We have held an A+ business rating with the BBB for the last several years.  We gained this rating through honest and transparent business practices, excellent customer service and good old fashioned ‘doing what we say we are going to do’.  In fact according to our BBB rating 99.96% of our nearly 7000 customers are very satisfied while only 0.06% of our customers found something about our company they didn’t like. With 7000 customers we have found that you can’t please everyone no matter how hard you try.  We are very proud of this extremely high customer satisfaction rating, but we will keep striving to make every customer happy.

Still many consumers don’t realize just how difficult it is to achieve this high of a consumer satisfaction rating.  Not only is it difficult, it’s downright unheard of especially in systems like the BBB that have a history of extorting businesses.  In an article in Time magazine entitled, “Why the BBB should give itself a bad rating” the BBB faced some honest criticism about their shady practices, “the BBB certainly isn’t what many consumers think it is — some quasi-government combination of consumer advocate, watchdog, and complaint bureau…  the BBB hardly seems fair and transparent.”  In fact the BBB doesn’t even maintain a review page on their own site.  A quick Google search will yield article after article of stories about the challenges businesses face to keep even a reasonable rating with the BBB.  So while we maintain our excellent BBB rating and accreditation, we hope they can adjust their review system to be even more transparent, honest and useful for both the consumer and the company.

These unfair and skewed review systems online have led some businesses to try and pad their positive reviews. The recent FTC ruling against a business called AmeriFrieght brought the whole online review issue into the forefront.  This kind of dishonesty effects all companies with great reviews, because it erodes the confidence of consumers in the great reviews they’ve received legitimately.

So we decided to write to our customers about how to best decipher trustworthy reviews.  Here are four tips to help you draw the BEST conclusion from online reviews and rating systems like the BBB:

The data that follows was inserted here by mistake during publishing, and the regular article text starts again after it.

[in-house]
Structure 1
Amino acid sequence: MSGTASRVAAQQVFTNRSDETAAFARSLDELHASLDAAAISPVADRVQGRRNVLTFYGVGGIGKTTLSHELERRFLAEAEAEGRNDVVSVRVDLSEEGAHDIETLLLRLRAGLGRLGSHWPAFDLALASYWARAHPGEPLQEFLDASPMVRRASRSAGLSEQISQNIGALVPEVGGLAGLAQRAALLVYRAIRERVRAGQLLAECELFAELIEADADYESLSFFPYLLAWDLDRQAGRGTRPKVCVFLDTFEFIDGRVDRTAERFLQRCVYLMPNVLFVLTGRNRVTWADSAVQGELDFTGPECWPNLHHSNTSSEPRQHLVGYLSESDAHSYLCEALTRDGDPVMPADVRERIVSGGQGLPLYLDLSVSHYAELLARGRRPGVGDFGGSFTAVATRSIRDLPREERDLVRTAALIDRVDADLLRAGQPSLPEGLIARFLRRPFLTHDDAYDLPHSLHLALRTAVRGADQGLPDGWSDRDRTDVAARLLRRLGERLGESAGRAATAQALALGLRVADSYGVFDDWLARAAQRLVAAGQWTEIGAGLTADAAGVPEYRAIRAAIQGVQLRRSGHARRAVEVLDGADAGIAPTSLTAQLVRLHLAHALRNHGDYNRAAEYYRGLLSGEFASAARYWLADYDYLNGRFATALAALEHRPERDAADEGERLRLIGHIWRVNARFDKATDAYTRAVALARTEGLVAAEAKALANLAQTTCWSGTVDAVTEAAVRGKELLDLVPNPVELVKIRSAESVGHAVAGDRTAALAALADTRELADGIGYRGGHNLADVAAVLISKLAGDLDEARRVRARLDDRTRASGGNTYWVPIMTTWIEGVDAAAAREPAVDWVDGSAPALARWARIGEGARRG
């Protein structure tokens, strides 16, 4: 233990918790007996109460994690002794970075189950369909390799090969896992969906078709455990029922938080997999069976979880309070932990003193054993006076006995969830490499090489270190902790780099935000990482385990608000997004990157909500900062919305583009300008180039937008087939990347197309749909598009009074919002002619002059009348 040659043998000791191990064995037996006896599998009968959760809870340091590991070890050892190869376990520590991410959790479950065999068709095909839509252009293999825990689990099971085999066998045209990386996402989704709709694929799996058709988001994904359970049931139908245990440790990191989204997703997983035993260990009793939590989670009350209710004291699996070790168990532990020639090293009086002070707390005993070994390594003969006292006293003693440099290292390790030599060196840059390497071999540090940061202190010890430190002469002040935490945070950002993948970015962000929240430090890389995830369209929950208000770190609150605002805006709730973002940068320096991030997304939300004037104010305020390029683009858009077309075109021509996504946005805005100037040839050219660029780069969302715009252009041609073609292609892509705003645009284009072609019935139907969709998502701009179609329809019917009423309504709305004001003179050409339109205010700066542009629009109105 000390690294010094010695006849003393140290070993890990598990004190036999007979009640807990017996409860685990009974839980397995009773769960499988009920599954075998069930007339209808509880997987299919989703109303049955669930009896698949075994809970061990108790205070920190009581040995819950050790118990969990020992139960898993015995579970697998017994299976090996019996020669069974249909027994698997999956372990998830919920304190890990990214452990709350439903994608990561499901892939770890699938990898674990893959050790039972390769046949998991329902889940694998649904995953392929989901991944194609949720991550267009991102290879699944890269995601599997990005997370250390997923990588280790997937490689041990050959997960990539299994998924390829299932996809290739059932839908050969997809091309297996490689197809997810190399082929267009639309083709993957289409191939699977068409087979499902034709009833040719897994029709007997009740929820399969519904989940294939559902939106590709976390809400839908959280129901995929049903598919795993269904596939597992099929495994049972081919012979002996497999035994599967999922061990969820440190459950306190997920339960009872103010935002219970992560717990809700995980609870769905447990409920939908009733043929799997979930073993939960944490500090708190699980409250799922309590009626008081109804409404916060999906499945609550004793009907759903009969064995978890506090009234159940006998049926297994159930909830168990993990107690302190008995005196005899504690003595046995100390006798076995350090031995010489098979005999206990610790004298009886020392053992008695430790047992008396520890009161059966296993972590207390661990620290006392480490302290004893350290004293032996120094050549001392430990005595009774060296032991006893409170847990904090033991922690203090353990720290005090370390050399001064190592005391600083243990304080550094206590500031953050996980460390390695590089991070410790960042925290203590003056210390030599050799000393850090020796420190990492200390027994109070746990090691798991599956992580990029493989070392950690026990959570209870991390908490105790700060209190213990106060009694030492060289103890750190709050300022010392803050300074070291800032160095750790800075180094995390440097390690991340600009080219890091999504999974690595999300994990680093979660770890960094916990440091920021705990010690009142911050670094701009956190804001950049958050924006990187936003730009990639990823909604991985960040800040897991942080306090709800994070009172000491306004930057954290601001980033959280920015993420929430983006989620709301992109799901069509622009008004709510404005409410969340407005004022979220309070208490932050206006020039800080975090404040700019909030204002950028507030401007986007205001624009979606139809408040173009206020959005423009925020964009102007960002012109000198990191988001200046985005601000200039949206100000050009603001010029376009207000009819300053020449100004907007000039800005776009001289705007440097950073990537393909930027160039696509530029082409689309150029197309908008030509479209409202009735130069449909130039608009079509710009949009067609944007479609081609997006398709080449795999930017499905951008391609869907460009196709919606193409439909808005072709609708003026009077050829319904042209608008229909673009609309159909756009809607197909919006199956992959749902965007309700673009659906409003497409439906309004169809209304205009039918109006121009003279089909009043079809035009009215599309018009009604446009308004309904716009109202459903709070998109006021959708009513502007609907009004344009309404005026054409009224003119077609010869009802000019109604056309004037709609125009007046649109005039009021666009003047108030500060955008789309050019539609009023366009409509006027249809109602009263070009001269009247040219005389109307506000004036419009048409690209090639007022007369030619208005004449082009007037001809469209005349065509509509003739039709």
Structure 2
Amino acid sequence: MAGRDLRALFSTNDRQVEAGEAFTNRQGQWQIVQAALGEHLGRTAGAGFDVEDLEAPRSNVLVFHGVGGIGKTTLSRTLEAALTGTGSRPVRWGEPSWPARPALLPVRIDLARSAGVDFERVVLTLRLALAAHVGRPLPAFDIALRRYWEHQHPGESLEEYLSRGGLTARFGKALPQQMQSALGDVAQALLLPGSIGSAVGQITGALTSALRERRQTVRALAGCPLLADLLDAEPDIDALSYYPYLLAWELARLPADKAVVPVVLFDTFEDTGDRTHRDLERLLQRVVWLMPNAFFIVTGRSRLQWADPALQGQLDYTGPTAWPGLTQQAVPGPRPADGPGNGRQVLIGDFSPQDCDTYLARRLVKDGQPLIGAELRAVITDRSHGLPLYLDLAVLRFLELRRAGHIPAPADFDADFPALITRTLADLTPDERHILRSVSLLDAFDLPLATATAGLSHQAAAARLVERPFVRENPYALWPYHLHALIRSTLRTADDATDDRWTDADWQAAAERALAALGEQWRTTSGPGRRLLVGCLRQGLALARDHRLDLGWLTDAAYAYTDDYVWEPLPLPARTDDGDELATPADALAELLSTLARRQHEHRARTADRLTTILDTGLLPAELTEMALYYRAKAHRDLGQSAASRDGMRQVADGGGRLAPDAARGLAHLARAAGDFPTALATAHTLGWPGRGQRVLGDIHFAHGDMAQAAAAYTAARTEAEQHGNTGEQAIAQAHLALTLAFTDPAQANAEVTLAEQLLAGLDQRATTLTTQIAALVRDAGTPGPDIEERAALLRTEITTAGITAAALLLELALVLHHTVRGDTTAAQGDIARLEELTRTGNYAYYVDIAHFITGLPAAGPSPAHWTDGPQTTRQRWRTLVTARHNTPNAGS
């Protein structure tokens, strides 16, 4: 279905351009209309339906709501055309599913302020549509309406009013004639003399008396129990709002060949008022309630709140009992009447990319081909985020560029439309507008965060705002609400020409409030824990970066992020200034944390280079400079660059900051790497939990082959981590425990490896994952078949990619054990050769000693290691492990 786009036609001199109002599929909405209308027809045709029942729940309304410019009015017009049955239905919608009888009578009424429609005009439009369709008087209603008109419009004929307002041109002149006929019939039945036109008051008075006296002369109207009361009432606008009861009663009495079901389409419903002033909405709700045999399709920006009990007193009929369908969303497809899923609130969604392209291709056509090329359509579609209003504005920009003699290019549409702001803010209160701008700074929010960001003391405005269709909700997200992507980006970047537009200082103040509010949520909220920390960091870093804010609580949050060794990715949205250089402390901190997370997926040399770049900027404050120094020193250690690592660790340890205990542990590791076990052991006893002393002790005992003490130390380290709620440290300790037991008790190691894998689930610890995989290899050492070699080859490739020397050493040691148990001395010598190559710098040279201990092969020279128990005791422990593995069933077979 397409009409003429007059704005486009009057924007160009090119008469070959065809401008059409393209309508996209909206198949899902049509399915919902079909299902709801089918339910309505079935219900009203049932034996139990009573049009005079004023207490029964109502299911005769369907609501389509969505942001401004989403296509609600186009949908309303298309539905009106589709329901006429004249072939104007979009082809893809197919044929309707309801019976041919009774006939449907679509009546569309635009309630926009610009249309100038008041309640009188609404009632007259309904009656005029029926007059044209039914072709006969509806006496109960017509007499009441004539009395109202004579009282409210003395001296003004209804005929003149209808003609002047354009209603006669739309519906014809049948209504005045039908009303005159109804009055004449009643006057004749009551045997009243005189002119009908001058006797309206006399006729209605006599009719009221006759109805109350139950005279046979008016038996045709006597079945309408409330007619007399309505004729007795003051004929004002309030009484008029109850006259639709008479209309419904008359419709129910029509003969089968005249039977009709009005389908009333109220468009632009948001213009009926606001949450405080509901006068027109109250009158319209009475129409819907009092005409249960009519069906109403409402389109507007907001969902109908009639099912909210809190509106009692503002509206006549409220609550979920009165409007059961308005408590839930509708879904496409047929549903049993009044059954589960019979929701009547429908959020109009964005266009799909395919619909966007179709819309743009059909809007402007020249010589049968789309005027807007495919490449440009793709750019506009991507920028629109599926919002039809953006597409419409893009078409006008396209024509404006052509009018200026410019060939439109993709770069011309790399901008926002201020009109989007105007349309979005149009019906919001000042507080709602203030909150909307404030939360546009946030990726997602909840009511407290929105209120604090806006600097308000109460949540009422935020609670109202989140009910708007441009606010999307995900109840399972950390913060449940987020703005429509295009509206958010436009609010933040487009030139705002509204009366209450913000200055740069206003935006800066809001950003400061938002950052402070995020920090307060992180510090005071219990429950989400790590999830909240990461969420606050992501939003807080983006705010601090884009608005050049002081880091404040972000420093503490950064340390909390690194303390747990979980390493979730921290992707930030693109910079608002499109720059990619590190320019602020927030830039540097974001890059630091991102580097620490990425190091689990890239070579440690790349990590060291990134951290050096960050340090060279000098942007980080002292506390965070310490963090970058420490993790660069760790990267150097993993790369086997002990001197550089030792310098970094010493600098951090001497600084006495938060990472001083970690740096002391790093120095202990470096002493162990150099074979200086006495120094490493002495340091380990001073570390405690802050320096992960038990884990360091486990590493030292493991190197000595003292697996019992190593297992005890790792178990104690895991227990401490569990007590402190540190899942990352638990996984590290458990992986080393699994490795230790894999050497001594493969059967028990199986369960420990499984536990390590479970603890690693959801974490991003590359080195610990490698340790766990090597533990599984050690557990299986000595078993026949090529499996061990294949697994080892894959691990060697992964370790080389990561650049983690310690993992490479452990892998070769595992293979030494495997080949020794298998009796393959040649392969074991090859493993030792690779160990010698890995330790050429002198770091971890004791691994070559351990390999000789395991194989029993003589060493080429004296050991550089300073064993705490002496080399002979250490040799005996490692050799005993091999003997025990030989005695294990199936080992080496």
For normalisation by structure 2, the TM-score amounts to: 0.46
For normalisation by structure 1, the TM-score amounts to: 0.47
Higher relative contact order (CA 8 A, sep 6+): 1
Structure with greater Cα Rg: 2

1. 25% of online reviews are fraudulent or fake according to a Harvard Research study by Michael Lucca. This affects both 1 and 5 star reviews.  So how can you weed out which reviews are fake?  Look for users who have very active profiles and lots of friends on sites like Yelp and Google +.  Look for reviewers who give a range of scores in their ratings, as those will be the most trustworthy.  As far as the BBB is concerned it’s a complaint/resolution system rather than a 1-5 rating scale, so read both the complaint and the business response to determine the validity of the actual complaint, and observe how the business responds.

2. You can be held accountable for writing fake reviews.  Amazon has filed lawsuits against companies falsifying positive reviews, and companies have sued consumers for filing defamatory reviews.  In both cases things get ugly.  So when writing or reading reviews keep it factual.  As a writer remember that there are real people who’s lives are affected at their jobs if you blow something out of proportion. So before you fly of the handle at some business, remember you may need to defend your statements with your check book.  As a reader try to keep things in perspective as it will help you weed out the consumers with an axe to grind and get to the facts if a business is trustworthy.

3. Check multiple sources.  There are lots of review sites these days, so compare sites like Google reviews, Yelp, BBB and others.  Look at the aggregate score.  Is it generally positive?  If the score is relatively high across multiple review platforms then the company or product is most likely worth a try.

4. Remember that just one unhappy customer can write multiple reviews, and they usually do.  According to Harvard Business Research only 25% of happy customers will actually report their positive interaction with the company while 65% of unhappy customers are likely to share their negative experience online.  Looking at these numbers you can immediately see that any business should likely have 400% more positive reviews it currently has, because happy customers don’t usually post.  Keep this in mind while you are weighing a businesses reviews.